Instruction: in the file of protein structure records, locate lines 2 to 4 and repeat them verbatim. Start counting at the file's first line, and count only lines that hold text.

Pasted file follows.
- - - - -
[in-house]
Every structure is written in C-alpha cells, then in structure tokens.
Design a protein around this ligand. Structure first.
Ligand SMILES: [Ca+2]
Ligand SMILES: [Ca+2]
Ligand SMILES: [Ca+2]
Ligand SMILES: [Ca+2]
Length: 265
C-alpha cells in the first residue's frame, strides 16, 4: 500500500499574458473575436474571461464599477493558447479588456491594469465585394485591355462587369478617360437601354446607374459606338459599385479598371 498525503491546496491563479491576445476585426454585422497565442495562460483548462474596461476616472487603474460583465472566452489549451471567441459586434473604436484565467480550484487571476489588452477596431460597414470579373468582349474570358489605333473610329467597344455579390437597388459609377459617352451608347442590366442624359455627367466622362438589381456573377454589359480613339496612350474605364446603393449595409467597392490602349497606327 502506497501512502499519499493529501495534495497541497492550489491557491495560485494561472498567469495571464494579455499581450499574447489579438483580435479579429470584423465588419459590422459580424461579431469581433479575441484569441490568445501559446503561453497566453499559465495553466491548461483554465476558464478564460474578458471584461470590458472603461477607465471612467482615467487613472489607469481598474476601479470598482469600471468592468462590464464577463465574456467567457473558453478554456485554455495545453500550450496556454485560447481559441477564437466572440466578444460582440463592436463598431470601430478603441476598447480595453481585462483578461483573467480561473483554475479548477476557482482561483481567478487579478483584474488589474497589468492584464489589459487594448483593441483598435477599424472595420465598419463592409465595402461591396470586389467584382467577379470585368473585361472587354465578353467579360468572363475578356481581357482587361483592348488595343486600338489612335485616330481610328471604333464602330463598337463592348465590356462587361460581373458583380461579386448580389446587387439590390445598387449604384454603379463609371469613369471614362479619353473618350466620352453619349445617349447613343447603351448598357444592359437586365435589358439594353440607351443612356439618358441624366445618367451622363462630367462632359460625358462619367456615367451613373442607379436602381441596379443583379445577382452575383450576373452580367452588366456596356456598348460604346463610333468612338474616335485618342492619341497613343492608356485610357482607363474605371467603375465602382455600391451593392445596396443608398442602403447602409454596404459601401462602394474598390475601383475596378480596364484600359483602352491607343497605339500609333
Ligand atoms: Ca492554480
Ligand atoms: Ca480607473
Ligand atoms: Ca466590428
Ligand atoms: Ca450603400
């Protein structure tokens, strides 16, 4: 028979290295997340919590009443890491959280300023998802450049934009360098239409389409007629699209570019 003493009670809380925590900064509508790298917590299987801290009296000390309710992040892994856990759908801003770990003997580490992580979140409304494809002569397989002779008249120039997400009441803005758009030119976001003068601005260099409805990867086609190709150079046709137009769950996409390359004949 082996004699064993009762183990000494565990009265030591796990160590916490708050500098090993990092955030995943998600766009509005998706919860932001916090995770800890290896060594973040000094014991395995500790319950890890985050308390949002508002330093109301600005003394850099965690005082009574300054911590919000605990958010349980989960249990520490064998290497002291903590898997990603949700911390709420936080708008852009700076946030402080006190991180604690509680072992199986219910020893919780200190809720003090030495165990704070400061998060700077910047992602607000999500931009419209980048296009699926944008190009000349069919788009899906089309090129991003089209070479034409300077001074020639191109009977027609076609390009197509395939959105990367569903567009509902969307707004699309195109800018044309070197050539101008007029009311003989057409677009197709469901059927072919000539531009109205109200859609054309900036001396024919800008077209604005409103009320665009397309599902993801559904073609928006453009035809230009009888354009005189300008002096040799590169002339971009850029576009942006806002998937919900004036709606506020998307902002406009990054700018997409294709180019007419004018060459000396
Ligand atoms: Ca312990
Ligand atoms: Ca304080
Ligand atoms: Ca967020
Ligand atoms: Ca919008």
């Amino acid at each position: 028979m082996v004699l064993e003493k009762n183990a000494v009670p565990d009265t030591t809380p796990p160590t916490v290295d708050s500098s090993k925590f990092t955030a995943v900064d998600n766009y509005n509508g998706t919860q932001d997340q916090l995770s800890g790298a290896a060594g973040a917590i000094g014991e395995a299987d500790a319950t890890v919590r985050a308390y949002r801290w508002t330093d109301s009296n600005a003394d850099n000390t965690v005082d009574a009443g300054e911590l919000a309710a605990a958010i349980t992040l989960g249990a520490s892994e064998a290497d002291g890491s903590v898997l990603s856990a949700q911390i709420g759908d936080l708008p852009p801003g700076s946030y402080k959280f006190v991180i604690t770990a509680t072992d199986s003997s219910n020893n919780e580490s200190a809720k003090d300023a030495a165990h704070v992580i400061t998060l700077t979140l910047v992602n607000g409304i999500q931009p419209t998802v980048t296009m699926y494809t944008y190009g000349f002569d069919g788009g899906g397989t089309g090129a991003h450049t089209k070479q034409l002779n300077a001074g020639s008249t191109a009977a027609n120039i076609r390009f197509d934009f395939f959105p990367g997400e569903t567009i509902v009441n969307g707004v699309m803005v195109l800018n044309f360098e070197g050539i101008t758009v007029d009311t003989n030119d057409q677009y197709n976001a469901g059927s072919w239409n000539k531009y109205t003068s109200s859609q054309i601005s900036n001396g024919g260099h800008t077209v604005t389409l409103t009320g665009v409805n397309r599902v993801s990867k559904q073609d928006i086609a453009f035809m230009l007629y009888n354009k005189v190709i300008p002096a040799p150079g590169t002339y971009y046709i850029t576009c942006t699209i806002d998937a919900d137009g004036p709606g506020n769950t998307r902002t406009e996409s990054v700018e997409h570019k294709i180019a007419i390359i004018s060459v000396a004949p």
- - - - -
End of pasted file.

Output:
Every structure is written in C-alpha cells, then in structure tokens.
Design a protein around this ligand. Structure first.
Ligand SMILES: [Ca+2]